This is not a rebuild.
The Montreal Canadiens aren’t stripping it down after a 28th-place finish in the NHL standings this past season. They aren’t firing head coach Claude Julien, they aren’t trading franchise goaltender Carey Price, and they aren’t moving top defenceman Shea Weber.
Knowing all of that is knowing general manager Marc Bergevin is under the gun to make the necessary changes to allow those three men to guide the Canadiens back to the Stanley Cup playoffs—and possibly through them—as early as next season. It’s knowing that if there isn’t a drastic improvement, Bergevin’s contract, which is set to expire in 2022, will likely be cut short.
There’s no time to spare on a reset.
There are gaping holes at centre and on defence, and Bergevin won’t have a better opportunity to fill them than this summer. The Canadiens have a fair amount of cap space, five picks in the first two rounds and 10 total in the upcoming NHL Draft, and they have some roster players who would be attractive to other teams.
The clock is ticking.
Ryan Dixon and Rory Boylen go deep on pucks with a mix of facts and fun, leaning on a varied group of hockey voices to give their take on the country’s most beloved game.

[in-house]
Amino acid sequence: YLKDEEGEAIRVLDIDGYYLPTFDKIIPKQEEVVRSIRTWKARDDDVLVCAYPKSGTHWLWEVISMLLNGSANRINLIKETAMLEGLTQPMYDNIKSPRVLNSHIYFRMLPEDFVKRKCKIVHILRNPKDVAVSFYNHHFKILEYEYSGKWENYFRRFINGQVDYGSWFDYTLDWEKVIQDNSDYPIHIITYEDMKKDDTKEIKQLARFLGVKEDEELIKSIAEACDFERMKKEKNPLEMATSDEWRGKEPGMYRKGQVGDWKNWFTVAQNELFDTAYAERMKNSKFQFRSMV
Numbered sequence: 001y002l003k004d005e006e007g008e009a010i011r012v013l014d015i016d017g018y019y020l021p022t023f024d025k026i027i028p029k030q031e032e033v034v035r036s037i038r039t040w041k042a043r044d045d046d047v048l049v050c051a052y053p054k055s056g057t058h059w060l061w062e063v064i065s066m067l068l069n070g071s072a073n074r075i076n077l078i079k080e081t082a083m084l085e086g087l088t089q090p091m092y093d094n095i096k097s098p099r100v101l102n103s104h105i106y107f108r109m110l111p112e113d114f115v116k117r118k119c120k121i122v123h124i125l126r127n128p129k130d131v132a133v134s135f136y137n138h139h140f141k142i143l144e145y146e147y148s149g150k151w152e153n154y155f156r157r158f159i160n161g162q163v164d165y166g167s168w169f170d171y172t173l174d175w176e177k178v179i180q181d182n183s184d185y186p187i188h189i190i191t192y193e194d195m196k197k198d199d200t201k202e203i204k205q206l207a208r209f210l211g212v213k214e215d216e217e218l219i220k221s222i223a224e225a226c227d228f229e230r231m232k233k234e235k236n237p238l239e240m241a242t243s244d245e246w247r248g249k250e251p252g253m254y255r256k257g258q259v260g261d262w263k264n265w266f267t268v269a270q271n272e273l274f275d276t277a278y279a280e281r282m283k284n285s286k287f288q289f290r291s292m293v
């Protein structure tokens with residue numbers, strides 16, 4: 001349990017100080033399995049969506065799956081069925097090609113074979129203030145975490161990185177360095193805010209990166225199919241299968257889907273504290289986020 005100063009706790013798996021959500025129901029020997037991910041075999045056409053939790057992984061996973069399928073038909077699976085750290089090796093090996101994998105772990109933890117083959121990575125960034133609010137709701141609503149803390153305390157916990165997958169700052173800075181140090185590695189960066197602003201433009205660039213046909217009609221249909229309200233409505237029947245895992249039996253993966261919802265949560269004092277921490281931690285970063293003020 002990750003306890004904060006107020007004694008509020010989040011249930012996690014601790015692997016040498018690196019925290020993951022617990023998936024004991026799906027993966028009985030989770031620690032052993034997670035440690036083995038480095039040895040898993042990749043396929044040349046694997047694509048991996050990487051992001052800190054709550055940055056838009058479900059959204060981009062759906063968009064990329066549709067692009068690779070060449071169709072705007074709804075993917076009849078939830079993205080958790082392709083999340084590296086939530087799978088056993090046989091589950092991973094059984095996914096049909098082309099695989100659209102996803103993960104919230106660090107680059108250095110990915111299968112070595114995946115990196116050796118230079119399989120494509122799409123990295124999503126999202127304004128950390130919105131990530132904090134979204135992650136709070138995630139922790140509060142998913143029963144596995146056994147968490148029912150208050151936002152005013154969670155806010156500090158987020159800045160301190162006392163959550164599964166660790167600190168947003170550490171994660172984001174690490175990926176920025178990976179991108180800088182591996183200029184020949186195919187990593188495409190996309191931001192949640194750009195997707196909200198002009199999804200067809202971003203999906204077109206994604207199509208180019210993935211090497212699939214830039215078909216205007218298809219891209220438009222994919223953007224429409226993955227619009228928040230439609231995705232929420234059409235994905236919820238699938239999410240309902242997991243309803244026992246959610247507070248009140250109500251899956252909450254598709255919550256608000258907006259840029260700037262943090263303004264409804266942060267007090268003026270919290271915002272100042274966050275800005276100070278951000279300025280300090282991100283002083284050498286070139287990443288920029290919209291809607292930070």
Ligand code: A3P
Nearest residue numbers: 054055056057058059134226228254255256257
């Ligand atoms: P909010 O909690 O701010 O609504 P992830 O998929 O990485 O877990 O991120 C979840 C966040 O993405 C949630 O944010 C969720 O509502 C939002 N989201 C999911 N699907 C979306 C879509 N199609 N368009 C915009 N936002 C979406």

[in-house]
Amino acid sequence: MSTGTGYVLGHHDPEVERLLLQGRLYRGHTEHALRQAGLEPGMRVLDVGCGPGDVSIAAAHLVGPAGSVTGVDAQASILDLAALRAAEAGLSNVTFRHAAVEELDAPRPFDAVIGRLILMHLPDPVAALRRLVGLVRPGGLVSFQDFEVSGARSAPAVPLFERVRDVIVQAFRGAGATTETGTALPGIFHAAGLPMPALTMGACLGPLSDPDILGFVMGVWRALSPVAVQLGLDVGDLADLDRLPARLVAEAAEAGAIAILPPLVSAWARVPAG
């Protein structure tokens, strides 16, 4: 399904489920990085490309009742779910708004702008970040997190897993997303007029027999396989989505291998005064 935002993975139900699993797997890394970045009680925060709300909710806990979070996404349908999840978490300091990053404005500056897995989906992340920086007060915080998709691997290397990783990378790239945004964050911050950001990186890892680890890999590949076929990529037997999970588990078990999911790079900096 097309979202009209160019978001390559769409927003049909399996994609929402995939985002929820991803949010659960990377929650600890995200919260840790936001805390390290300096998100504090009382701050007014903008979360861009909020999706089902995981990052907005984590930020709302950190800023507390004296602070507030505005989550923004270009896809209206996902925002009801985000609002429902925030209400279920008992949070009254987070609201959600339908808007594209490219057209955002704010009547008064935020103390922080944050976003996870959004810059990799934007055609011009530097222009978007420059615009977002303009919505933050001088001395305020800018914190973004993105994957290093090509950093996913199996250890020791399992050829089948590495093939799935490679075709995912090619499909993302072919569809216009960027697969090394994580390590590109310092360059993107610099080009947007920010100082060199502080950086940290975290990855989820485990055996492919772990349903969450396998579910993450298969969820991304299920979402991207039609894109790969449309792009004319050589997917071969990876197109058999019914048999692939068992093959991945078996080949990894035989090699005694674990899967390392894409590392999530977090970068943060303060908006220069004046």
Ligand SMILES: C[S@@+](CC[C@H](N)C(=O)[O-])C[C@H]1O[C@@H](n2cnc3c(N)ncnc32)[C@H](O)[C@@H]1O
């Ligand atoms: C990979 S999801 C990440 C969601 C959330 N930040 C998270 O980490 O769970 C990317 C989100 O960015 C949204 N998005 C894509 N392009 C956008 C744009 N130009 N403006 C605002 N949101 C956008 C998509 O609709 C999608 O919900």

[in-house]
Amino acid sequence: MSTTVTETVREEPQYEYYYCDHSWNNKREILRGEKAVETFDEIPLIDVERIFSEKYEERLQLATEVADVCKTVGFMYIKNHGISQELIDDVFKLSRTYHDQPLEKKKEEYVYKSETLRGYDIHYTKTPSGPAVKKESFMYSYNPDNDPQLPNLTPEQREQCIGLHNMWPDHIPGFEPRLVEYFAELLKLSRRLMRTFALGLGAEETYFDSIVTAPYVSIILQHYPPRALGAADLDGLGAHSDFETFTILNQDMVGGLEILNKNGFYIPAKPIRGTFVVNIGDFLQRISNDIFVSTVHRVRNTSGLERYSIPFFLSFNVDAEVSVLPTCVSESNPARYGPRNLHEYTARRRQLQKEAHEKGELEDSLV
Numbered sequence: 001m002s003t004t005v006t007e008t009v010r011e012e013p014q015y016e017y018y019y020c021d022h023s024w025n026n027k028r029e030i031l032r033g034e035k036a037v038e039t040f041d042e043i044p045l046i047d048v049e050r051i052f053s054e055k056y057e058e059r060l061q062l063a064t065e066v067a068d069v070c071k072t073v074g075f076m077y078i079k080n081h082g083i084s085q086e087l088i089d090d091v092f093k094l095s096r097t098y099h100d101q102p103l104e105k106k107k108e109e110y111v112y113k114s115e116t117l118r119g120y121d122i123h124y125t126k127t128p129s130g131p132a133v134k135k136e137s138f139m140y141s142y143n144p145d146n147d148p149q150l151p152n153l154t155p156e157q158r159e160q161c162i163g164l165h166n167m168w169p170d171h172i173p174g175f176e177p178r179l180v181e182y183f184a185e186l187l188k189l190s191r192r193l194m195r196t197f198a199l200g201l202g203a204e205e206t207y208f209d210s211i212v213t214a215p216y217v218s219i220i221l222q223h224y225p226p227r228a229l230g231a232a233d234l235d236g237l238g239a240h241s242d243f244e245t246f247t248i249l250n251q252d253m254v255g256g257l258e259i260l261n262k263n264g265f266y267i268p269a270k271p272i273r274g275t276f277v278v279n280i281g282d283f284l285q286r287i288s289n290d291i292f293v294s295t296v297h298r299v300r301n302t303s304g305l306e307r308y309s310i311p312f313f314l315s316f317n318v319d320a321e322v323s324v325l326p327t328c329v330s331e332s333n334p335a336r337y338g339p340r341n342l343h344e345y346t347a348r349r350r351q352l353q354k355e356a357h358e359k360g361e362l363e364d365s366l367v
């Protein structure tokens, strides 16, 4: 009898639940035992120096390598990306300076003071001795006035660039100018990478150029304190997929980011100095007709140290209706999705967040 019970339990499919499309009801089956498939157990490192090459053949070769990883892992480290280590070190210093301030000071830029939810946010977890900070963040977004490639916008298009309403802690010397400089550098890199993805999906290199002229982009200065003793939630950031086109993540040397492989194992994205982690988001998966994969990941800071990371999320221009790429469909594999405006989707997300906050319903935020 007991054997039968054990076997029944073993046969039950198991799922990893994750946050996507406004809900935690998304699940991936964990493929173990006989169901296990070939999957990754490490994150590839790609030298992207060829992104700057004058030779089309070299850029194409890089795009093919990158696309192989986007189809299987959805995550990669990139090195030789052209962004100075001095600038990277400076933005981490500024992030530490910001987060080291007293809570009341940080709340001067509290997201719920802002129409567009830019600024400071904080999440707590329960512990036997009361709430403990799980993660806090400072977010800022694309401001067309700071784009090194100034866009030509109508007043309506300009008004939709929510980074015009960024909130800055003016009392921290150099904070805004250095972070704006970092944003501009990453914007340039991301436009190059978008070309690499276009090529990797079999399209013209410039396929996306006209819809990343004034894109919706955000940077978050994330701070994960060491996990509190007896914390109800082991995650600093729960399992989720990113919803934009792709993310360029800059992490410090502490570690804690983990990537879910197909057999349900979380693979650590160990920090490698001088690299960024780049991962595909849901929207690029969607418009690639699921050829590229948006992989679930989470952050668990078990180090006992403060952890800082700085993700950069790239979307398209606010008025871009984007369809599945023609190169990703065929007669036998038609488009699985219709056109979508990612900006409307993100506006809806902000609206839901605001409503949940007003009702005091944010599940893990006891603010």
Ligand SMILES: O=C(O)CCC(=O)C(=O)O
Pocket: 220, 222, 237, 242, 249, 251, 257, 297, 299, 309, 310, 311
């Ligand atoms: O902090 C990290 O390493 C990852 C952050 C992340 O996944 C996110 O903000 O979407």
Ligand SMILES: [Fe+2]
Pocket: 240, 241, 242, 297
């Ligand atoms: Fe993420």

Salary cap space: $12.4 million (Source: CapFriendly.com)
Ales Hemsky, $1 million
Logan Shaw, $650,000
Daniel Carr, $725,000
Jacob De La Rose, $725,000
Phillip Danault, $912,500
2018 draft picks: 1st, 2nd, 2nd (CHI), 2nd (TOR), 2nd (WSH), 3rd, 4th, 4th (EDM), 4th (WPG), 5th
Biggest off-season need
Same as last year, and the year before that, and the decade before that… The Canadiens desperately need help at centre.
Jonathan Drouin had a hard time in his first NHL season at the position, but he also showed real promise towards the end of it.
As of right now, the plan is to keep the 23-year-old at centre in 2018-19. If they’re going to get the best out of him, they’re going to need to insulate him by acquiring a centre who can play higher up the lineup.
Expect the Canadiens to also seek out depth at the position.
Another need is a left-shot defenceman who can serve as an adequate partner for Weber.
The team also needs to target a couple of puck-movers who can skate and create offence from the back end.
Possible off-season targets